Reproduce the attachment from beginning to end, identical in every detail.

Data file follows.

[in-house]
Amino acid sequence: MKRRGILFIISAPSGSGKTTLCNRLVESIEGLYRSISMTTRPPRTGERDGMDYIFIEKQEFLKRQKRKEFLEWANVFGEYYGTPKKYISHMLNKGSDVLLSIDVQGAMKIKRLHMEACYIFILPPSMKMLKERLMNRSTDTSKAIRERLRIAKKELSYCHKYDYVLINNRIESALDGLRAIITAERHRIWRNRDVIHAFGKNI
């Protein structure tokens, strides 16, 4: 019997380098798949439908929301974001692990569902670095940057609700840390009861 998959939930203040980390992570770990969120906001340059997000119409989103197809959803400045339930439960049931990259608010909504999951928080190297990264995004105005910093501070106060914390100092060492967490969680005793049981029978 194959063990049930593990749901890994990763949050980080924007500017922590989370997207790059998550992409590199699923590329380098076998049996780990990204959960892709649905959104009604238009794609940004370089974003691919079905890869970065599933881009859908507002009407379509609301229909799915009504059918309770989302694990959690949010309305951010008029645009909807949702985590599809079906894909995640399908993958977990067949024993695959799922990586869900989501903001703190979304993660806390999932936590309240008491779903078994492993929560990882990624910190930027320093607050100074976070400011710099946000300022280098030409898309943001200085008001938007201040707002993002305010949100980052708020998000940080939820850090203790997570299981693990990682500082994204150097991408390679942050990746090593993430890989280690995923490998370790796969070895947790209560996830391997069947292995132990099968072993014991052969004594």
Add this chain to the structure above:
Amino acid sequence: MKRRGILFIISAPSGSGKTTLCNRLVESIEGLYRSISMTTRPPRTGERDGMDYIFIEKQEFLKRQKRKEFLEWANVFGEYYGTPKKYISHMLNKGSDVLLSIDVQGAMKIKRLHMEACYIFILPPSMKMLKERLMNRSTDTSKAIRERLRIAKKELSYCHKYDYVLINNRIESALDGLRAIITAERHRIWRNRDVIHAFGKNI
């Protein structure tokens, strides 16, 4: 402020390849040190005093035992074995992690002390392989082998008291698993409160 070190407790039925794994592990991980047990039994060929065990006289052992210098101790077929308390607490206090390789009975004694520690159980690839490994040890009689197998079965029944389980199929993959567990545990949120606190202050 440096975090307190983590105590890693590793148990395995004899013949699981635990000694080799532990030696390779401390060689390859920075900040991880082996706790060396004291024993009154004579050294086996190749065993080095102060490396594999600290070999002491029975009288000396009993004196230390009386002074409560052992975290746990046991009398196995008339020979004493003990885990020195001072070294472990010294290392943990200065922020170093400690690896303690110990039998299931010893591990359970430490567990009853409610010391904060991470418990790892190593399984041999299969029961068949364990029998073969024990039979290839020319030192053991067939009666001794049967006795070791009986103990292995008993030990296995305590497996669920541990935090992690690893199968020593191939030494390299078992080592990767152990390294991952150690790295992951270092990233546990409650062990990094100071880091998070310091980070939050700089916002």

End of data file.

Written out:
[in-house]
Amino acid sequence: MKRRGILFIISAPSGSGKTTLCNRLVESIEGLYRSISMTTRPPRTGERDGMDYIFIEKQEFLKRQKRKEFLEWANVFGEYYGTPKKYISHMLNKGSDVLLSIDVQGAMKIKRLHMEACYIFILPPSMKMLKERLMNRSTDTSKAIRERLRIAKKELSYCHKYDYVLINNRIESALDGLRAIITAERHRIWRNRDVIHAFGKNI
């Protein structure tokens, strides 16, 4: 019997380098798949439908929301974001692990569902670095940057609700840390009861 998959939930203040980390992570770990969120906001340059997000119409989103197809959803400045339930439960049931990259608010909504999951928080190297990264995004105005910093501070106060914390100092060492967490969680005793049981029978 194959063990049930593990749901890994990763949050980080924007500017922590989370997207790059998550992409590199699923590329380098076998049996780990990204959960892709649905959104009604238009794609940004370089974003691919079905890869970065599933881009859908507002009407379509609301229909799915009504059918309770989302694990959690949010309305951010008029645009909807949702985590599809079906894909995640399908993958977990067949024993695959799922990586869900989501903001703190979304993660806390999932936590309240008491779903078994492993929560990882990624910190930027320093607050100074976070400011710099946000300022280098030409898309943001200085008001938007201040707002993002305010949100980052708020998000940080939820850090203790997570299981693990990682500082994204150097991408390679942050990746090593993430890989280690995923490998370790796969070895947790209560996830391997069947292995132990099968072993014991052969004594």
Add this chain to the structure above:
Amino acid sequence: MKRRGILFIISAPSGSGKTTLCNRLVESIEGLYRSISMTTRPPRTGERDGMDYIFIEKQEFLKRQKRKEFLEWANVFGEYYGTPKKYISHMLNKGSDVLLSIDVQGAMKIKRLHMEACYIFILPPSMKMLKERLMNRSTDTSKAIRERLRIAKKELSYCHKYDYVLINNRIESALDGLRAIITAERHRIWRNRDVIHAFGKNI
């Protein structure tokens, strides 16, 4: 402020390849040190005093035992074995992690002390392989082998008291698993409160 070190407790039925794994592990991980047990039994060929065990006289052992210098101790077929308390607490206090390789009975004694520690159980690839490994040890009689197998079965029944389980199929993959567990545990949120606190202050 440096975090307190983590105590890693590793148990395995004899013949699981635990000694080799532990030696390779401390060689390859920075900040991880082996706790060396004291024993009154004579050294086996190749065993080095102060490396594999600290070999002491029975009288000396009993004196230390009386002074409560052992975290746990046991009398196995008339020979004493003990885990020195001072070294472990010294290392943990200065922020170093400690690896303690110990039998299931010893591990359970430490567990009853409610010391904060991470418990790892190593399984041999299969029961068949364990029998073969024990039979290839020319030192053991067939009666001794049967006795070791009986103990292995008993030990296995305590497996669920541990935090992690690893199968020593191939030494390299078992080592990767152990390294991952150690790295992951270092990233546990409650062990990094100071880091998070310091980070939050700089916002």